Contact arrangements over school holidays

family

Contact Arrangements for Children during the school holidays

 School holidays – an exciting but also difficult time for all parents, whether separated or not. It is a time when you want to make the most of the child’s free time but due to obstacles such as work and expense, it isn’t easy and even more so for parents who are separated.

Are you in dispute about arrangements for contact with the child during the school holidays, or perhaps about whether one parent can take the child overseas and for how long? During these times of dispute, it is important to remember that the child’s welfare is paramount. Generally, the issue between parents during the school holidays is that they simply have differing views about what is in the child’s best interests.

During term time, many parents will adhere to child arrangement orders or agreements in relation to the time that the child spends with each parent. This might be an arrangement whereby the non-resident parent has contact on alternate weekends with overnight stay and maybe an evening each week for example. As childcare is expensive and often difficult to acquire, it is likely that the resident parent may need the non-resident parent to contribute more than usual during the school holidays which can be up to six weeks long. This will obviously depend on the individual circumstances of the family for example, the parents might live far away from each other or even in different countries meaning that contact for the non-resident parent isn’t as frequent.

Whilst young children require more time and attention, older (usually teenage) children ordinarily have their own social life and other activities to attend to and so scheduling time to see them isn’t as clear cut and this is where parents have to demonstrate flexibility. The court are unlikely to force a teenager over fourteen to have contact with the other parent and at least from the age of around twelve and in some cases from a younger age, the court strongly takes into account the child’s wishes and feelings.

For some separated parents, sorting these child arrangements might be simple. For others, these conversations can be difficult and help from a solicitor might be required so that both the parent and the child have a structure in place and can focus on enjoying their quality time together. It is important to plan in advance so that the child feels settled and happy at all times. Again, for older children this will give them time to consider sport activities/ time with their friends i.e. avoiding further disputes arising between separated parents as a result of the child being absent.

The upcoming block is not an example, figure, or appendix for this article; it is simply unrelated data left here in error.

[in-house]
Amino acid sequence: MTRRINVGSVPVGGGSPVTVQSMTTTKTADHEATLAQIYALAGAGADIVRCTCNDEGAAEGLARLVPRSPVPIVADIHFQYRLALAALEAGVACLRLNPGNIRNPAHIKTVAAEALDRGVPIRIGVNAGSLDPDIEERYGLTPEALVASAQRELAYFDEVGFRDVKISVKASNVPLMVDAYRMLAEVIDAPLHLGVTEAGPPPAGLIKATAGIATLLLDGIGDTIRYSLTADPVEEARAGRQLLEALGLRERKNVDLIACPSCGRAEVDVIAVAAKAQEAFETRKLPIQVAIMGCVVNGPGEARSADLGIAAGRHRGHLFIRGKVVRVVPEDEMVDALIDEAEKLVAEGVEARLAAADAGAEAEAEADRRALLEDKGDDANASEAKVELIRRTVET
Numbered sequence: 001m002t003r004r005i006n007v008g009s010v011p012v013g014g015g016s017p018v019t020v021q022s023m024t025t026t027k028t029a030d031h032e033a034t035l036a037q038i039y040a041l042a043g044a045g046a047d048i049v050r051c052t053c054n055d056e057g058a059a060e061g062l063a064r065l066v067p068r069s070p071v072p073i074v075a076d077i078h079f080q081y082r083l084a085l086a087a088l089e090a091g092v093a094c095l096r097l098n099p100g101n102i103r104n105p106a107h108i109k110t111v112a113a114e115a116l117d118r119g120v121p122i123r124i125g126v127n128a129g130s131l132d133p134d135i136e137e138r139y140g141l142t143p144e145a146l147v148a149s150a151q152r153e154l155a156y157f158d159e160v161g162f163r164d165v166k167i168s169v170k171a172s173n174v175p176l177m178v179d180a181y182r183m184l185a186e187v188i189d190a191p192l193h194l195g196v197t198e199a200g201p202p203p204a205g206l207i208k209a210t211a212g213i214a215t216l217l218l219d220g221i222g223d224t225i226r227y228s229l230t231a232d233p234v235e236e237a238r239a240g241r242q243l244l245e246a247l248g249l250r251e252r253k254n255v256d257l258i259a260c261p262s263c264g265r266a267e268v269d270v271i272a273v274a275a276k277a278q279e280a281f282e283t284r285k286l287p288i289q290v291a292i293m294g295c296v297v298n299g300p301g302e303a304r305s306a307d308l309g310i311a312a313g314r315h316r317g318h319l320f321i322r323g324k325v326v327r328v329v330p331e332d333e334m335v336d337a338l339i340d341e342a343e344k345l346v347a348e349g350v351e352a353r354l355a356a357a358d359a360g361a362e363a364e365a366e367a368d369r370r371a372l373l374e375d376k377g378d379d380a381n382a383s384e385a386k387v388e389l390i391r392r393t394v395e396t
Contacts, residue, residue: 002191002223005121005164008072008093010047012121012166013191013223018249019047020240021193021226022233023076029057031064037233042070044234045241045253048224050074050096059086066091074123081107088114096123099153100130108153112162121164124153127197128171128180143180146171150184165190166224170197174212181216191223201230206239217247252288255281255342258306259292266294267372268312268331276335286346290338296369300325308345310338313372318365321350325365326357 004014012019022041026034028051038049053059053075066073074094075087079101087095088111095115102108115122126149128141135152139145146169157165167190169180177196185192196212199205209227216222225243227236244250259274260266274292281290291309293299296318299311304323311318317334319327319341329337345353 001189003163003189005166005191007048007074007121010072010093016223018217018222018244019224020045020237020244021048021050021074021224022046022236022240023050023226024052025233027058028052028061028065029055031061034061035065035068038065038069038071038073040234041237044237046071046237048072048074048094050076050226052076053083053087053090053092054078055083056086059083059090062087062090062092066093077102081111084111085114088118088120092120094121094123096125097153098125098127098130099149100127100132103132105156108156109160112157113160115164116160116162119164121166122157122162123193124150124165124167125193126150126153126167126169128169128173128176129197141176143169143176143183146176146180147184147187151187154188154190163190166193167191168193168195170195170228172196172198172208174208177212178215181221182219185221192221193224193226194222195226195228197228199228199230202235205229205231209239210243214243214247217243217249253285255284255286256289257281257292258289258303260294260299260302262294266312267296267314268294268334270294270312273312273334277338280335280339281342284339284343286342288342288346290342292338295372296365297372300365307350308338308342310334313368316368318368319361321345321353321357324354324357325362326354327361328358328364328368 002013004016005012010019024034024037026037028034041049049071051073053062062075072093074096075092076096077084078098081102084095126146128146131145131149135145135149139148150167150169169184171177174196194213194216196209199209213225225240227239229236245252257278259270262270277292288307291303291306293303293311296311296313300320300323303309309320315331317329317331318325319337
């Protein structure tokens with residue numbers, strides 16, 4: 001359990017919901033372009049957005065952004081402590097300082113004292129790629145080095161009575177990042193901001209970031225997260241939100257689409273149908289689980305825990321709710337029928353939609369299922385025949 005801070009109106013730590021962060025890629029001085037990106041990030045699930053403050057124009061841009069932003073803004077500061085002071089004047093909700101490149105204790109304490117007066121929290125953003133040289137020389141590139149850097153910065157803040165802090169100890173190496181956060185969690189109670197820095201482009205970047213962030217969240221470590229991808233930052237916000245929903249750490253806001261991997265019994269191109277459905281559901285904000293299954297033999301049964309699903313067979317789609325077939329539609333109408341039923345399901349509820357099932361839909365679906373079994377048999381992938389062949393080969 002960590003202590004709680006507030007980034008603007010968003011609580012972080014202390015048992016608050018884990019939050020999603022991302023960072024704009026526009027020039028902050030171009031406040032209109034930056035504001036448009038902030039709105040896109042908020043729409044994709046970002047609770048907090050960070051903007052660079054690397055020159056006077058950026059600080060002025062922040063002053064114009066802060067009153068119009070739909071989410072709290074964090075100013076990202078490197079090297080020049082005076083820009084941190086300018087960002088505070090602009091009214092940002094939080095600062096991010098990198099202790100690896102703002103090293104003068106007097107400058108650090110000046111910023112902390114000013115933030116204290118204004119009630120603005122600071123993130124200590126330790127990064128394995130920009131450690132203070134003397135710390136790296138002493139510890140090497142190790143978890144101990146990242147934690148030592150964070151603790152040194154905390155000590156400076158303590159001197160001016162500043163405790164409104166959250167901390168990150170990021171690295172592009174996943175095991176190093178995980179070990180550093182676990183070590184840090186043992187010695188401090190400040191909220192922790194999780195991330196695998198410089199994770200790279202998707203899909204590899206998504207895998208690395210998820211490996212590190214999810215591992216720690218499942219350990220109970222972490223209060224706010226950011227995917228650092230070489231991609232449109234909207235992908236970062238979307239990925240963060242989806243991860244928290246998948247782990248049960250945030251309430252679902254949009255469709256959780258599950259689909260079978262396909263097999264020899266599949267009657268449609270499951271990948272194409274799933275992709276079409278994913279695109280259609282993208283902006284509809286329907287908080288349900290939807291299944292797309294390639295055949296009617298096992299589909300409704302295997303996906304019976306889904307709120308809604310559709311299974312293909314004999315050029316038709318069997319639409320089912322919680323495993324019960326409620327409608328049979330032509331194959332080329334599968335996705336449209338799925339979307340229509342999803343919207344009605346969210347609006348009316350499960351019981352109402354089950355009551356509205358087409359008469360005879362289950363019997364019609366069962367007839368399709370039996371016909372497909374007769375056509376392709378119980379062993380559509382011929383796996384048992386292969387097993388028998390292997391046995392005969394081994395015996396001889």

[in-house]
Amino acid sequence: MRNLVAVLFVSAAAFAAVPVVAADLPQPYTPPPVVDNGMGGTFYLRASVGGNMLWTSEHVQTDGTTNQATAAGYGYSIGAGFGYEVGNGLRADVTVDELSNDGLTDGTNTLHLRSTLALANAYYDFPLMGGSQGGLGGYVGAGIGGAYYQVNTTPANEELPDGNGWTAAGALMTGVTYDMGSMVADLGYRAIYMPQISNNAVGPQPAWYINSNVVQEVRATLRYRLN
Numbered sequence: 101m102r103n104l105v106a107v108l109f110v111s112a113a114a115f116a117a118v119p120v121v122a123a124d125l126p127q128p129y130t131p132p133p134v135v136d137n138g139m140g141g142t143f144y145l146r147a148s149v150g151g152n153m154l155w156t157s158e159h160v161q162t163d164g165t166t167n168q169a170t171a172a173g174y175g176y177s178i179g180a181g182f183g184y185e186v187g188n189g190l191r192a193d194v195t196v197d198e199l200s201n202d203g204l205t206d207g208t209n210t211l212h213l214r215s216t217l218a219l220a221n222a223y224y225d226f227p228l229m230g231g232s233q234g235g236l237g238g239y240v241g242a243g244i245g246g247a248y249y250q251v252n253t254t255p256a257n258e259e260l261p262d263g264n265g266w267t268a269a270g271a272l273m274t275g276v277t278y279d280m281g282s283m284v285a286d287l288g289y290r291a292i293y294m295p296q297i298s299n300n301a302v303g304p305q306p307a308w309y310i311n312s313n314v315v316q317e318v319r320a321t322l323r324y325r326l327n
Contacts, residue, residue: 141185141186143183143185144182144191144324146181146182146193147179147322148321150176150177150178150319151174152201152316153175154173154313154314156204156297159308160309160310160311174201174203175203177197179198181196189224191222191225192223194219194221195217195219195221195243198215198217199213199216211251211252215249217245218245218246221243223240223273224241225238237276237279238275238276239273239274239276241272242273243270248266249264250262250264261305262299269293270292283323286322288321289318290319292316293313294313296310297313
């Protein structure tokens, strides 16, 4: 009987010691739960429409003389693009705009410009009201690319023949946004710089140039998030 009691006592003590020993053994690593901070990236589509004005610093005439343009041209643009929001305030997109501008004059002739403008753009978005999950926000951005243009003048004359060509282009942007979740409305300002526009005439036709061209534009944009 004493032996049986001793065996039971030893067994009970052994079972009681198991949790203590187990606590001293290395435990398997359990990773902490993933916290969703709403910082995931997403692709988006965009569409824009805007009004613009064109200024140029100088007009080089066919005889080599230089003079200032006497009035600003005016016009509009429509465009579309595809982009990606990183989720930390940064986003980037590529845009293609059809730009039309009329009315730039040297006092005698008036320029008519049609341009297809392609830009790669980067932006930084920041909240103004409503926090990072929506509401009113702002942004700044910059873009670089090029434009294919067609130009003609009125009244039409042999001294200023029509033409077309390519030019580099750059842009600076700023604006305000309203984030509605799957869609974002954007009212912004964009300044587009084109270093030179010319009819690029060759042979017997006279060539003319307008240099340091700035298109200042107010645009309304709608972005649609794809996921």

Taking your child away on holiday is an exciting time for both parent and child however this requires an agreement between both parents and usually means that the other parent misses out on contact with the child. It is important to be reasonable and accommodating in these circumstances perhaps by arranging for the other parent to make up for lost time.

As family solicitors, we use our legal expertise to advise parents as to the principles of family law which governs arrangements for children. This could include whether a young child should travel overseas which a parent or how their time should be shared.

Our first step is to explain to the client what their options and then explore which option best suits their needs and individual circumstances. The options ordinarily include:

  • Having direct discussions with their ex-partner, preferably in a neutral place e.g. over coffee;
  • Engaging with a family mediator who will facilitate discussions between the parties, most likely round a table as an impartial third party professional;
  • Arranging a round table meeting between both parties and their respective solicitors should the parties wish for the process to be solicitor led. This can be organised through collaboratively trained lawyers if both parties wish;
  • Traditional correspondence and telephone communication between solicitors on behalf of the parties.
  • As a last resort the parties can apply to Court for a child arrangements order, but only after attending an initial mediation information and assessment meeting unless exceptional circumstances apply.

 

If you feel you need some assistance with sorting out arrangements for your children this summer, our family specialists would be happy to arrange an initial telephone or face to face appointment. Please contact a member of our family team for more details on 0113 322 9222 or at enquires@consilialegal.co.uk.

 

 

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